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An Ernest Hemingway quote that celebrates the “hunting of man” is plastered on the wall of a Brooklyn police precinct house, according to a photo obtained by Gothamist — and the NYPD is dismissing calls by local officials and advocates to remove it.
The passage, which police have used in years past to similar outcry, opens Hemingway’s 1936 short story “On The Blue Water.” It’s currently inscribed on the wall of the 71st precinct in Crown Heights and reads, “There is no hunting like the hunting of man, and those who have hunted armed men long enough and liked it, never care for anything else thereafter.”
The NYPD is defending the quote as literary inspiration that captures the “exhilarating” nature of hunting dangerous criminals. But a local Council member and criminal justice advocates say the quote glorifies violence against their community.
Its existence emerges as Mayor Eric Adams this week redeploys teams of anti-gun units within the NYPD — a reincarnation of similar units that were disbanded in the wake of the George Floyd protests after earning a reputation for police abuse and violence.
“The history of policing started as an intentional attempt to violently ‘hunt’ Black people while quelling opposition and rebellion,” said Councilmember Crystal Hudson, who represents the predominantly Black neighborhood where the precinct is located, in a statement sent to Gothamist. “We cannot in good conscience divorce this history from the policing we see in our communities today.”
Deputy Commissioner John Miller, who currently heads the NYPD’s communications office, told Gothamist that criticism of the quote was a disservice both to the dangerous work of police officers and the famed American author.
“To insinuate any meaning to the Hemingway quote other than the fact that tracking and arresting violent, armed criminals can be exhilarating, rewarding, and often dangerous is a disservice to the meaning of the Hemingway quote and to the officers who do this work,” Miller wrote in an email.
The quote has been on the wall since February of 1998, Miller added. It does not appear to violate any department policies.
It’s not the first time the Hemingway line has stirred controversy for city police. In the 1990s, members of the NYPD’s Street Crimes Unit were known to wear t-shirts emblazoned with the phrase.
The quote also made headlines in 2013, when it was spotted on the back of an on-duty member of the NYPD Warrant Squad, in apparent violation of department’s uniform policy.
The department has also faced questions about a fundraising “challenge coin” that references Brooklyn’s 67th precinct and featured the quote alongside an image of officers chasing a dark-skinned man with dreadlocks. A police spokesperson has denied that the coin, which appeared online alongside an official NYPD coin, had any link to the department.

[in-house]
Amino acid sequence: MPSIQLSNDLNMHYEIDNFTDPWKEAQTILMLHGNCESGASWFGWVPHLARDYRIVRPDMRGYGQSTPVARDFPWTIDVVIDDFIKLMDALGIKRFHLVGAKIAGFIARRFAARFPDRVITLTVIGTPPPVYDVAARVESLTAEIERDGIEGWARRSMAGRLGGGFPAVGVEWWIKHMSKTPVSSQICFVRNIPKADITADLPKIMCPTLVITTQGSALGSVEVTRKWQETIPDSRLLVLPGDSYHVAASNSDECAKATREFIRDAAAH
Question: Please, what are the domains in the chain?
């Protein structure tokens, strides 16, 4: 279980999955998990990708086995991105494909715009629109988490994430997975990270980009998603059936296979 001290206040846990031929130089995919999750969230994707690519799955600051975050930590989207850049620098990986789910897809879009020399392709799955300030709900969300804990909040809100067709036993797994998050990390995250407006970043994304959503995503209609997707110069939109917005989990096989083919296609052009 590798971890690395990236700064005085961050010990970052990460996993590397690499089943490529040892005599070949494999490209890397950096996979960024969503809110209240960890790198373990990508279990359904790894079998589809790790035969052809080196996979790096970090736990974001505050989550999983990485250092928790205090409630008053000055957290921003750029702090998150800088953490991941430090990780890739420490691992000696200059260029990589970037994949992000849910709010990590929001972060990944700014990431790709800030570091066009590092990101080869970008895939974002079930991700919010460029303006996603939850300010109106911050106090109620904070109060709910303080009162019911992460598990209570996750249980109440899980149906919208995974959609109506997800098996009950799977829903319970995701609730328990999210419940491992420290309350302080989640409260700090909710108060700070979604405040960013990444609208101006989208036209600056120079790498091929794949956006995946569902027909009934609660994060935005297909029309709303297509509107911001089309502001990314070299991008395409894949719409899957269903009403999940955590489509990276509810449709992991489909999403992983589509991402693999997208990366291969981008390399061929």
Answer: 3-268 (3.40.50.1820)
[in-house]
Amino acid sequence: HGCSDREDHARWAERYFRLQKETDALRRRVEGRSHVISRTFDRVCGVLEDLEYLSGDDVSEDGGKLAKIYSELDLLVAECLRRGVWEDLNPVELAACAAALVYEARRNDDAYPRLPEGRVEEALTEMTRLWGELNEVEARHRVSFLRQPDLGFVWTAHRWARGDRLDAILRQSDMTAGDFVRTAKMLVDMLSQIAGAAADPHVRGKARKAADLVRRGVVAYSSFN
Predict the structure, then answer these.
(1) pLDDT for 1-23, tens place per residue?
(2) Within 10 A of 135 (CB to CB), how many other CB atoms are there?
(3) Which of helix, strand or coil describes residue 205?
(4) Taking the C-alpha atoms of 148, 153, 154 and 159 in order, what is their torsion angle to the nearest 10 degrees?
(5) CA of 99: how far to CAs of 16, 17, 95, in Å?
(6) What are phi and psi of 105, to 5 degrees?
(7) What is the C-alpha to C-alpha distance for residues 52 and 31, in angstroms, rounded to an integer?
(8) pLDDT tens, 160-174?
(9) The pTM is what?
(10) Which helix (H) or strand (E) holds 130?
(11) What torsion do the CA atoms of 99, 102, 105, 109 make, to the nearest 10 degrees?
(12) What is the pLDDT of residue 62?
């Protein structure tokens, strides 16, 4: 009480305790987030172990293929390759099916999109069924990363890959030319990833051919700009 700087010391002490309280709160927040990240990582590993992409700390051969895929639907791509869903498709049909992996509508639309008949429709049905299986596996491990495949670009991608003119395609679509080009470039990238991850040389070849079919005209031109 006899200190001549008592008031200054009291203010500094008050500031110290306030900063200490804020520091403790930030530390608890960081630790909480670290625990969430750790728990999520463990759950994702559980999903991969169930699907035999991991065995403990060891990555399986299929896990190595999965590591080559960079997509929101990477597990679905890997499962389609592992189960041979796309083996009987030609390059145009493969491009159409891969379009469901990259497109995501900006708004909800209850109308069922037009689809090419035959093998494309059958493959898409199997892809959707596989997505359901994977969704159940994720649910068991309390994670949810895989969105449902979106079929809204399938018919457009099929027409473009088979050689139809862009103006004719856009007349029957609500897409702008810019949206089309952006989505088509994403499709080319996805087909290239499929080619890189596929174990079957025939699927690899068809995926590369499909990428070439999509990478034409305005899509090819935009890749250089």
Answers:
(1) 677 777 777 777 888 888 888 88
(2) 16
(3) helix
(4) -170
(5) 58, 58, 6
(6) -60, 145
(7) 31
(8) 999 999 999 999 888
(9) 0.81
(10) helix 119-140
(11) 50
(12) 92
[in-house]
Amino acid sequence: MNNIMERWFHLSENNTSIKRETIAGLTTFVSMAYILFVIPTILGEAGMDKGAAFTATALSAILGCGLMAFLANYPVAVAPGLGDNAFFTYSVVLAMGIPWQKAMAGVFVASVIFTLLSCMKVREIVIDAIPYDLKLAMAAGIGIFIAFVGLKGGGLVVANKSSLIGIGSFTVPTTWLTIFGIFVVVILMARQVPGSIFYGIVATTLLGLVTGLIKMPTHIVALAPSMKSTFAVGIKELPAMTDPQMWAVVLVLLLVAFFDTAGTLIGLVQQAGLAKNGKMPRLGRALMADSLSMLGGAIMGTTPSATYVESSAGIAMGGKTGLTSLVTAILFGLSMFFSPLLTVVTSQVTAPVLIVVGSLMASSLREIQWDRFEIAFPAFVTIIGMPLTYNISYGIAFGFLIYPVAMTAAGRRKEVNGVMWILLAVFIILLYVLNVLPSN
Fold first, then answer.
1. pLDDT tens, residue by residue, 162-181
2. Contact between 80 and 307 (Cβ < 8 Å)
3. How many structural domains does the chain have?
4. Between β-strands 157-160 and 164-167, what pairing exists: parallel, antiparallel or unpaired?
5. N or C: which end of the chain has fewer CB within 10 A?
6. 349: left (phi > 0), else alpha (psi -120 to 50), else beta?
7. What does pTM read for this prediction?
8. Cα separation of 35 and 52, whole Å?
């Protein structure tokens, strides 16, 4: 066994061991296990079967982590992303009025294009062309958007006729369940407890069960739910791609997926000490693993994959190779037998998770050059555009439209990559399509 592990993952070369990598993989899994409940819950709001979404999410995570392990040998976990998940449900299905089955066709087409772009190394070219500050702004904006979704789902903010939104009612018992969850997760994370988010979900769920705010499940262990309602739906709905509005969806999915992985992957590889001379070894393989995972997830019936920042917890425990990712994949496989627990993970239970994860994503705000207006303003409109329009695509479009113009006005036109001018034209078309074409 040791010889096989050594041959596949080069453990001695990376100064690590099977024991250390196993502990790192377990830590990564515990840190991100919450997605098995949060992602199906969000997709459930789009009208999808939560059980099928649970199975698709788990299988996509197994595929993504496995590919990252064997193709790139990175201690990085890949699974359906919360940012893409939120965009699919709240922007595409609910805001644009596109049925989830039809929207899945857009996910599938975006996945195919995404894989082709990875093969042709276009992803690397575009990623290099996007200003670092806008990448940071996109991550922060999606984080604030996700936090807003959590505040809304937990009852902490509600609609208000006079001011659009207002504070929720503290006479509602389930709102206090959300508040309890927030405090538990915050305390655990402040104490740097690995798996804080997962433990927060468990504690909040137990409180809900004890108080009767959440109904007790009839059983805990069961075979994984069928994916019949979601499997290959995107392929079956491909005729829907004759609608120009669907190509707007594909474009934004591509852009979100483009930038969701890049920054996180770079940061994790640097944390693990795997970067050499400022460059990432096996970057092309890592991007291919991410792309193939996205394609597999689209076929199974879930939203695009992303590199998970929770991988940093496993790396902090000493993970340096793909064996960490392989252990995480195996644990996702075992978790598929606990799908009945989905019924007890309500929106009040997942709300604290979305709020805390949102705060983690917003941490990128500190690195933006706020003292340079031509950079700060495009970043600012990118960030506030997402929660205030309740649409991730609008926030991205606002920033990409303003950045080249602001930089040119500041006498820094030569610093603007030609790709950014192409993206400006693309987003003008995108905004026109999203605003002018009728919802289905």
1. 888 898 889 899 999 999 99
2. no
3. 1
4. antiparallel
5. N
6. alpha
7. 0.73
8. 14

Loyda Colon, the executive director of the advocacy group Justice Committee, said the Hemingway passage was “on brand” for the NYPD, likening its popularity to the Punisher, a violent vigilante comic book character whose skull logo has been embraced by both police and far-right groups nationally.
“It accurately describes the longstanding culture of violence within the NYPD and the terror it inflicts on low-income Black, Latinx and other communities of color in our City,” Colon said.
Colon also highlighted the quote in the context of the return of a plainclothes anti-crime unit, which was disbanded in 2020 by former Commissioner Dermot Shea in the wake of the George Floyd protests. A similar group was revamped by Adams this week with a new name and new protocols designed to protect against abuse; its rollout has raised fears among criminal justice advocates.
“We must prepare for the NYPD’s hunting of our people to increase exponentially,” Colon said.
Adams’ office did not respond to a request for comment.
A 2020 study from the Public Safety Lab at New York University found that precincts with higher percentages of Black residents experienced a disproportionately high number of misconduct complaints against officers.
Advocates noted that the relationship between the 71st precinct and the community it polices has been particularly strained in recent years. Officers from the precinct were involved in the killing of two Black men – Saheed Vessel in 2018 and Eudes Pierre last year – both of whom were believed to be undergoing mental health episodes when they were shot.
But Miller, the NYPD deputy commissioner, maintained that the Hemingway quote should not be seen as threatening, but as a tribute to the fearlessness of local officers.
“The Hemingway quote is one of his best known,” Miller wrote. “The NYPD officers who have worked out of that room, over that near quarter-century [since the quote was inscribed], have shared the responsibility of tracking down and arresting violent felons whose victims are members of that community.”
This content was originally published here.